Same as the above two, but liquor stores (as well as petrol – gas in the local vernacular – stations) are the Angler fish of LA’s deep nights. liquor stores, however, feature a broader array of signage and forms to their glowing signs drawing in potential customers.
For all of the above, I am concerned about scope. Even if I narrowed it down to an area, or a type of business or signage, to do it properly would take a lot of research time before I could even get to the design phase. However, it could be seen as an experiment, a prototype, a test of a hypothesis to be revisited at a later date.
There is something about the process of creation that I find interesting. I want to reveal, highlight, even celebrate how something was created, and/or allow the process itself to have an uncontrolled effect on the final outcome. In this instance, I am not interested in perfect prints on perfectly smooth, white, ink-loving paper. I want to see the human touch and uniqueness within multiples or a reincarnation of former design pieces.
Finding old letterpress blocks, printing these, then scanning, then magnifying them as much as possible and then reprinting them, possibly screenprinting for extra process. I want these to old, found, former, design pieces that have seen many a roller and I want to see the unevenness, chips, dents, etc. and highlight these by the magnification. My theory or hypothesis being that on their own they are in design, a change of context and scale will push them out of design into or closer to art. This could be the printing of a complete 12pt font, then blown up to a massive scale, or the use of old newspaper advertising logo or images, highlighting half-tones etc. It could also be that they are just bigger versions of what they are, in which case, I would seek to push them out of their design realm through other means.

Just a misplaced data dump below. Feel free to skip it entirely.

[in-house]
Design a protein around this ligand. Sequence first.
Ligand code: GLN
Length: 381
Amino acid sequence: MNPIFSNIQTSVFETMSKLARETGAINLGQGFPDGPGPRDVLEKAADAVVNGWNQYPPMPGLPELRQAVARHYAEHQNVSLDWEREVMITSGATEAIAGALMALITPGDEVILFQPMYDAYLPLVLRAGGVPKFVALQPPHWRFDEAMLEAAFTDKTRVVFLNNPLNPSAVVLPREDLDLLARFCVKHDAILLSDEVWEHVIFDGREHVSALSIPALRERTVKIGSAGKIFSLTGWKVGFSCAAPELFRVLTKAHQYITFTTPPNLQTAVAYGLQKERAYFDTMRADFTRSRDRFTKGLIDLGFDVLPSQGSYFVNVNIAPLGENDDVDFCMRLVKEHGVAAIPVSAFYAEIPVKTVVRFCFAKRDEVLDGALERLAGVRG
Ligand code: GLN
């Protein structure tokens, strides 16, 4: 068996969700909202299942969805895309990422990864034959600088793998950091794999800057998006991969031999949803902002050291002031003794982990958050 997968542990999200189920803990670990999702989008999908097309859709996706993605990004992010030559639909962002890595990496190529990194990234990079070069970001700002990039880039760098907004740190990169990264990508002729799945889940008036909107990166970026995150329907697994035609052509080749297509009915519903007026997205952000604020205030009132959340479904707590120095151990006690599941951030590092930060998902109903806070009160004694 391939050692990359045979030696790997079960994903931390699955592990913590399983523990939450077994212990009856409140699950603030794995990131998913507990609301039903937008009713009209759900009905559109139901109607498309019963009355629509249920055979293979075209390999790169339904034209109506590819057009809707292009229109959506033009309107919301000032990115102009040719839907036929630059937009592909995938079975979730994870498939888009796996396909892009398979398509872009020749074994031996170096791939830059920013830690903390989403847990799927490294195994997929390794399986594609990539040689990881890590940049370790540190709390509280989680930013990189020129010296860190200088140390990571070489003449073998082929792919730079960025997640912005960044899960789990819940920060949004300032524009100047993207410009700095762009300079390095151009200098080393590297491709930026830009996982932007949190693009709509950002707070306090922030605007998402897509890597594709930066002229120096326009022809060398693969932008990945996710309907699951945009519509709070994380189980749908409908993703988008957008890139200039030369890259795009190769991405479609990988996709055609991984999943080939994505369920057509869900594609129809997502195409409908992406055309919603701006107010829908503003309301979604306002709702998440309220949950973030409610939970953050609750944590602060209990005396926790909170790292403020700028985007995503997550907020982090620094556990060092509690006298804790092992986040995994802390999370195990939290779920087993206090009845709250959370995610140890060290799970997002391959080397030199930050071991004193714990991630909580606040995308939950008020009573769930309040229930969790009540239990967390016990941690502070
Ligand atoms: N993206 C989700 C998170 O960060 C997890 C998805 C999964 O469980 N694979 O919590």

Could simple stamps (not postage), which are quite readily available be used to do more than just say ‘Confidential’, Cancelled’, Paid’, or a logo or date, be used in a way to create something bigger than the stamp’s meaning itself? Can a single fixed piece of graphic be manipulated into producing more interesting and meaningful pieces?
6. Human Algorithm
A set of rules or inputs from either arbitrary individuals or specifically chosen ones that precisely define a sequence attributes. One person chooses the type of substrate, someone chooses the text or content, then the typeface/font, it could be specific, or more general. It could have different paths, ‘if X > Y then go to step 2, place in…’ It is – once again – a riff on the Exquisite Corpse
7. Patent pending
There is something about patents I find fascinating. They are – or can be – incredibly important, legally, or in terms of the impact, the invention depicted and described had. They can be incredibly arcane or useless, but either way, the actual patent is almost never seen. Somehow digging up interesting ones for whatever reason and displaying them in some form seems interesting. However, I feel this also sounds like dumbed-down bachelor-pad, man-cave decoration, so just printing and framing them would not be enough.
Scraping the Barrel Political and Misc.
8. Travel warnings
Uruguay and Venezuela have issued travel warnings to its citizens regarding the United States due to ongoing, racial violence. Frankly, The United States might want to issue travel warnings to its own citizens travelling to e.g. Florida. This is a bit like this, but maybe less sinister in its intent.
9. Process and Location
Using found examples of lettering and typography to construct a story, or meaning that goes beyond the look of a ransom note
10. Book of examples
Ultimately, I would want a book of all and more of the above